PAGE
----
The travel and tourism industry was the focus of the first session of the American Economic Competitiveness Series, led by the White House Business Council. Nearly 50 national tourism leaders were on hand for the August 1 meeting, which included presentations by Interior Secretary Ken Salazar, Acting Commerce Secretary Rebecca Blank, National Economic Council Director Gene Sperling and Todd Davidson, CEO of Travel Oregon and chair of the U.S. Travel and Tourism Advisory Board.
The industry’s prominence is evident, said Davidson. “The awareness, recognition and resulting actions exhibited by the White House and the administration are unprecedented,” Davidson said. “We stand at a threshold where we can state unequivocally and unapologetically that America’s travel and tourism industry is a primary driver of our nation’s economy.”
Olga Ramudo, president of Express Travel in Miami and a member of the Travel and Tourism Advisory Board, is also encouraged. “The White House ‘gets’ the importance that our industry has in creating jobs,” said Ramudo, “Not only did travel and tourism generate 120,000 jobs in 2011, but if you take a percentage of those new job-holders and their ability to travel with their companions or family, that equates to many additional travelers.”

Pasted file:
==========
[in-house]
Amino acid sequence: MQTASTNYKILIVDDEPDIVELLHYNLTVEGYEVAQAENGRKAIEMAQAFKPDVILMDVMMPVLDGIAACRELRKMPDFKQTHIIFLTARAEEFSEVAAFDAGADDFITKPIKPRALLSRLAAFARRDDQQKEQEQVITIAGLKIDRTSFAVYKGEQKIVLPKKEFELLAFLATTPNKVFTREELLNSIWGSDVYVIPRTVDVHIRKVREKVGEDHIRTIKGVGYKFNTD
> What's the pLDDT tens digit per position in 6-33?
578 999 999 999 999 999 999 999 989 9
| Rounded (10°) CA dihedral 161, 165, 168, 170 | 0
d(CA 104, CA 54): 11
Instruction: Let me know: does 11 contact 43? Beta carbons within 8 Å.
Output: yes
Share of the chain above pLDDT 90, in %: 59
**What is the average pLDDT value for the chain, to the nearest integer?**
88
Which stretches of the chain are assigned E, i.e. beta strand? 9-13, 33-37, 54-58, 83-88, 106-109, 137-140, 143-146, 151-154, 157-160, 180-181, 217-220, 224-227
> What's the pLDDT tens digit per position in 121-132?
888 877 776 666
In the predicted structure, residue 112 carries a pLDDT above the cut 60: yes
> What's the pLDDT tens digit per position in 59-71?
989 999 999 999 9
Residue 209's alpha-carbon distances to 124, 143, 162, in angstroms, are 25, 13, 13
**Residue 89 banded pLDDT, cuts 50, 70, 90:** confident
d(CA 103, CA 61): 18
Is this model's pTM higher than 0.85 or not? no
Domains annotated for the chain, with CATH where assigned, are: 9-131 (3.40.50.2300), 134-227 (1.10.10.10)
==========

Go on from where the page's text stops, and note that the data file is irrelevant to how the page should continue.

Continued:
Along with Davidson, Ramudo and other NTA members, the association was represented by Steve Richer, NTA public affairs advocate. Other items covered included visitation growth, the economic impact from international travel into the United States in the last two years, and the federal government’s recent focus on the industry, exemplified by:
- · the establishment of Brand USA as a well-funded international marketing effort for the United States
- · the completion of the National Travel and Tourism Strategy
- · the extensive activity of the Travel and Tourism Advisory Board
- · a reinvigorated Cabinet-level Tourism Policy Council, chaired by Secretaries Blank and Salazar
Another positive note discussed was the progress being made in processing visa applications and interviews faster without sacrificing security. “I am particularly pleased with the visa turnaround times in countries such as Brazil, facilitating more visitors to come to the United States,” said Ramudo, who chairs the NTA-ASTA Hispanic Business Development Task Force.
The group also discussed the expansion of the Visa Waiver Program, increasing the number of users of trusted-traveler programs to reduce customs and immigration wait times, continuing the in-flight survey research program and diversifying attendance and utilization of national parks. Davidson applauded the cooperative spirit of the industry and the administration.
“There is no doubt that our keen alignment of a mutually-shared vision and purpose is amplifying our efforts to ease the travel process, welcome more international visitors to America and create good American jobs,” he said.
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